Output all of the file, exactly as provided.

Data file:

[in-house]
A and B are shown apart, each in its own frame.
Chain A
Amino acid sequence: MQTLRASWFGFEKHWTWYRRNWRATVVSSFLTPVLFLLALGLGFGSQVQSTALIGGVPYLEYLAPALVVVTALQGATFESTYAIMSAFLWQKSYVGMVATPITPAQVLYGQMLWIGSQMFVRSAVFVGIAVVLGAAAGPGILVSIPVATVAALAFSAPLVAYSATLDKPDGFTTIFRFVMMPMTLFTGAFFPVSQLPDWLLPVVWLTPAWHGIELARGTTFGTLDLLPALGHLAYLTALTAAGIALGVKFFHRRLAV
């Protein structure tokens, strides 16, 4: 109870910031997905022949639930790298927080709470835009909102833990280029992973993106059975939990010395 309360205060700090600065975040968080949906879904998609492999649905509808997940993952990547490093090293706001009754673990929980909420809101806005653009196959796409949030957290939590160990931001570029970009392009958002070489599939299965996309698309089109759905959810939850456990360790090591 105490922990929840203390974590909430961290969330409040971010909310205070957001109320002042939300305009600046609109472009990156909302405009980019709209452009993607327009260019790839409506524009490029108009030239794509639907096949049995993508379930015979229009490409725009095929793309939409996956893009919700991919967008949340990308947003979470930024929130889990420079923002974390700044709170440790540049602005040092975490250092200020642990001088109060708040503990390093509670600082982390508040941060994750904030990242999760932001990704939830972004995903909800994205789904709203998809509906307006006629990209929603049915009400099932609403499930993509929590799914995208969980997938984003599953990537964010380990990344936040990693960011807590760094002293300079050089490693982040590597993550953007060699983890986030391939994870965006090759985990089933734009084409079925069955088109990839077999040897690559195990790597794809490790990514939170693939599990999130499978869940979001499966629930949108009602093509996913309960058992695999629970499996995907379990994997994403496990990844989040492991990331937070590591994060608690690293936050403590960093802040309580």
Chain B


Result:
[in-house]
A and B are shown apart, each in its own frame.
Chain A
Amino acid sequence: MQTLRASWFGFEKHWTWYRRNWRATVVSSFLTPVLFLLALGLGFGSQVQSTALIGGVPYLEYLAPALVVVTALQGATFESTYAIMSAFLWQKSYVGMVATPITPAQVLYGQMLWIGSQMFVRSAVFVGIAVVLGAAAGPGILVSIPVATVAALAFSAPLVAYSATLDKPDGFTTIFRFVMMPMTLFTGAFFPVSQLPDWLLPVVWLTPAWHGIELARGTTFGTLDLLPALGHLAYLTALTAAGIALGVKFFHRRLAV
């Protein structure tokens, strides 16, 4: 109870910031997905022949639930790298927080709470835009909102833990280029992973993106059975939990010395 309360205060700090600065975040968080949906879904998609492999649905509808997940993952990547490093090293706001009754673990929980909420809101806005653009196959796409949030957290939590160990931001570029970009392009958002070489599939299965996309698309089109759905959810939850456990360790090591 105490922990929840203390974590909430961290969330409040971010909310205070957001109320002042939300305009600046609109472009990156909302405009980019709209452009993607327009260019790839409506524009490029108009030239794509639907096949049995993508379930015979229009490409725009095929793309939409996956893009919700991919967008949340990308947003979470930024929130889990420079923002974390700044709170440790540049602005040092975490250092200020642990001088109060708040503990390093509670600082982390508040941060994750904030990242999760932001990704939830972004995903909800994205789904709203998809509906307006006629990209929603049915009400099932609403499930993509929590799914995208969980997938984003599953990537964010380990990344936040990693960011807590760094002293300079050089490693982040590597993550953007060699983890986030391939994870965006090759985990089933734009084409079925069955088109990839077999040897690559195990790597794809490790990514939170693939599990999130499978869940979001499966629930949108009602093509996913309960058992695999629970499996995907379990994997994403496990990844989040492991990331937070590591994060608690690293936050403590960093802040309580």
Chain B